Today on Oldest Olympians we wanted to use our blog post to highlight an update to the Oldest Olympians site, specifically the historical list of the oldest living Olympian. Thanks to a little additional research, we have been able to complete the table to the beginning of the Games!
Previously, we knew that Emily Rushton, an archer in the Double National Round tournament at the 1908 London Games, had been the oldest Olympian at some point in her life, as she was born in the first quarter of 1850 and died June 30, 1939 at the age of 89. What we were not certain about, however, was if John Butt had ever held the title. Butt, a two-time Olympic trap shooting medalist, was born October 30, 1850, meaning he was definitely younger than Rushton, and died at some point in 1939. If he had died after June 30, then he would have been the oldest living Olympian until his death, but we finally discovered that he died in the first quarter of 1939, meaning that he was never the titleholder.
From there, our journey back in time was a little easier. Before Rushton, George Barnes, born sometime in 1849 and died January 25, 1934, was the oldest living Olympian. He won bronze in the small-bore rifle, prone, 50 and 100 yards competition at the 1908 London Games and, although we do not know the exact date of his birth, no one else could have held the title since the death of his predecessor, British art competitor Jacob Rees. Rees, born October 15, 1844, represented Great Britain in the architecture competition at the 1912 Stockholm Games, and died one day after his 89th birthday. He in turn was preceded by 1904 American roque silver medalist Smith Streeter, who died December 17, 1930. Although Streeter’s date of birth is sometimes seen as July 1, 1851, records indicate that he was actually born July 14, 1844. Before him was French fencer Luc Alessandri, born May 31, 1842, who competed in the masters sabre event at the 1900 Paris Games and died August 18, 1926.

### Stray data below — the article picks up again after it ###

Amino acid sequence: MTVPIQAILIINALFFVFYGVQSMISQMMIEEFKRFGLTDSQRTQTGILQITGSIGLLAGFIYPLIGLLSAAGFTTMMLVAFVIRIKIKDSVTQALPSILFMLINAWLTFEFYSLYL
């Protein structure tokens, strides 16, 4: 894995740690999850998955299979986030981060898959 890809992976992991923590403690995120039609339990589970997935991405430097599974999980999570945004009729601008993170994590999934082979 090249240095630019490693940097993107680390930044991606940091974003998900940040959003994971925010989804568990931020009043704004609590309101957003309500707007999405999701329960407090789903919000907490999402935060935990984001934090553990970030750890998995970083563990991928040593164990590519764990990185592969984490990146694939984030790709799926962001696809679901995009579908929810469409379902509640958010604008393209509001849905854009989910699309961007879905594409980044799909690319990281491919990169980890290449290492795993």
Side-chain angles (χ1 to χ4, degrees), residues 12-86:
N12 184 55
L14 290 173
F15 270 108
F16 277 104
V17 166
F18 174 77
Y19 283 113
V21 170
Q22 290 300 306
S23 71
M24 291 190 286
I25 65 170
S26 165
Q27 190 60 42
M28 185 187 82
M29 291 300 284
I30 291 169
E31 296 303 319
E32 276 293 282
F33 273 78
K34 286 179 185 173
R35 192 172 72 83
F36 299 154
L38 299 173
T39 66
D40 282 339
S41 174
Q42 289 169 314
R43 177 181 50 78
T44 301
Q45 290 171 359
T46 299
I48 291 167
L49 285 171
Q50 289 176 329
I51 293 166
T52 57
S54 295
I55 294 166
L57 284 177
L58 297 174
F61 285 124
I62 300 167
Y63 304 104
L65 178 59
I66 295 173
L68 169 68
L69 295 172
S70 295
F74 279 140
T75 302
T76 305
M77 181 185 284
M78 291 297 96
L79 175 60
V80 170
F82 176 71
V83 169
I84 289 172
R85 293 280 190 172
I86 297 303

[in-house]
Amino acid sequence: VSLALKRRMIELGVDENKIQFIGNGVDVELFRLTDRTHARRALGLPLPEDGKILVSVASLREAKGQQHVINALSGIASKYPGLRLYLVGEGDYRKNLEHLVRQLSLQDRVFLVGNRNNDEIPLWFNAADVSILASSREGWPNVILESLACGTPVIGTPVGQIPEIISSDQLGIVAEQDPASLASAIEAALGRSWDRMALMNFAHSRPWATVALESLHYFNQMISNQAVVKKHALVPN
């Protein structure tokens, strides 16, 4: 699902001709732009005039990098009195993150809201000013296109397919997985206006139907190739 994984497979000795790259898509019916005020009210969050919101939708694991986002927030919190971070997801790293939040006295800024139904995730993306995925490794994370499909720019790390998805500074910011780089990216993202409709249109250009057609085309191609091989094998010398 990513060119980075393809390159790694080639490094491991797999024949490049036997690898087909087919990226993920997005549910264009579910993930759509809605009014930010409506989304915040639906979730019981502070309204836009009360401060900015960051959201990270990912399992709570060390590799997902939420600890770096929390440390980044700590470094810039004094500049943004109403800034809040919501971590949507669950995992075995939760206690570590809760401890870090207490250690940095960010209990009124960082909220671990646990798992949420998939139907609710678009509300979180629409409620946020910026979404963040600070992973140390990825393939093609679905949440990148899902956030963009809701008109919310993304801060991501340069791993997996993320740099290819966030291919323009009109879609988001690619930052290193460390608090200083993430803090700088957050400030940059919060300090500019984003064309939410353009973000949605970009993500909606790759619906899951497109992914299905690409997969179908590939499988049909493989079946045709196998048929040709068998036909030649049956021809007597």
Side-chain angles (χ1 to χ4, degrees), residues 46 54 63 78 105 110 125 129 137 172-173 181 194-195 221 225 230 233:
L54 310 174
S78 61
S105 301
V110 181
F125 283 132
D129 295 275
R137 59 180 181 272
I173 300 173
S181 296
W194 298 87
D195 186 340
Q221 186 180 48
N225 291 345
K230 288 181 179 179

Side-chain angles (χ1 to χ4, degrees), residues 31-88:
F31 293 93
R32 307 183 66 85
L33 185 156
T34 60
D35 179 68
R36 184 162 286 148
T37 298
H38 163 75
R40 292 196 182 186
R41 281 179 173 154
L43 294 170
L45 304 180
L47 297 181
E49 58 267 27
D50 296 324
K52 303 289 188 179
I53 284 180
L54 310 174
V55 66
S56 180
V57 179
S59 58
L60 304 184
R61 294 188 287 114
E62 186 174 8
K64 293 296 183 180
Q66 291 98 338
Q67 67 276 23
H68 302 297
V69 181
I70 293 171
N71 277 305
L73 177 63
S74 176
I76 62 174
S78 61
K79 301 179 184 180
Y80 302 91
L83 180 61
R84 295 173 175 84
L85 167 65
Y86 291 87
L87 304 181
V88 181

Prior to Alessandri, the oldest living Olympian was American archer David McGowan, born January 10, 1838 and died September 22, 1924. He competed in the double York round in 1904 and placed 11th. He had been the oldest Olympian for over a decade, since the death of French equestrian Louis, Count du Douet de Graville on October 12, 1912. Graville, who was born February 27, 1831, took part in the four-in-hand equestrian driving competition in 1900. Before Graville, French sailor William Martin was the oldest living Olympian, someone we have covered in the past because he is the Olympian with the earliest known date of birth: October 25, 1828.
Since Martin competed in 1900, however, we still needed to know who was the oldest living Olympian prior to his competition. Thankfully, working forwards from the 1896 Athens Games was not a difficult task. The first “oldest Olympian” was Eugen Schmidt of Denmark, born February 17, 1862, who competed in the very first Olympic event, the 100 metres dash. He held the title for two days, until Italian sport shooter Giuseppe Rivabella, born sometime in 1840, competed on April 8. An individual born as late as Schmidt would not hold the title again for six decades. Rivabella then held the title until Martin competed in 1900.
And that completes the list! Of course, we are missing lots of data on early competitors at the Games, so it seems likely that this will change at some point in the future. For example, since we last posted about Olympians who competed for an unknown country, Olympedia has added one more to its database: an unknown rider who competed in the equestrian jumping competition at the 1900 Paris Games. On the other end of the spectrum, we learned that Italian gymnast Bianca Ambrosetti, who is usually cited as the shortest-lived Olympian after having died in 1929 from tuberculosis at the age of 15, actually lived a few years longer according to research by Diego Rossetti, dying March 27, 1933 at the age of 19. For now, however, we have the most complete list we can get with our current data!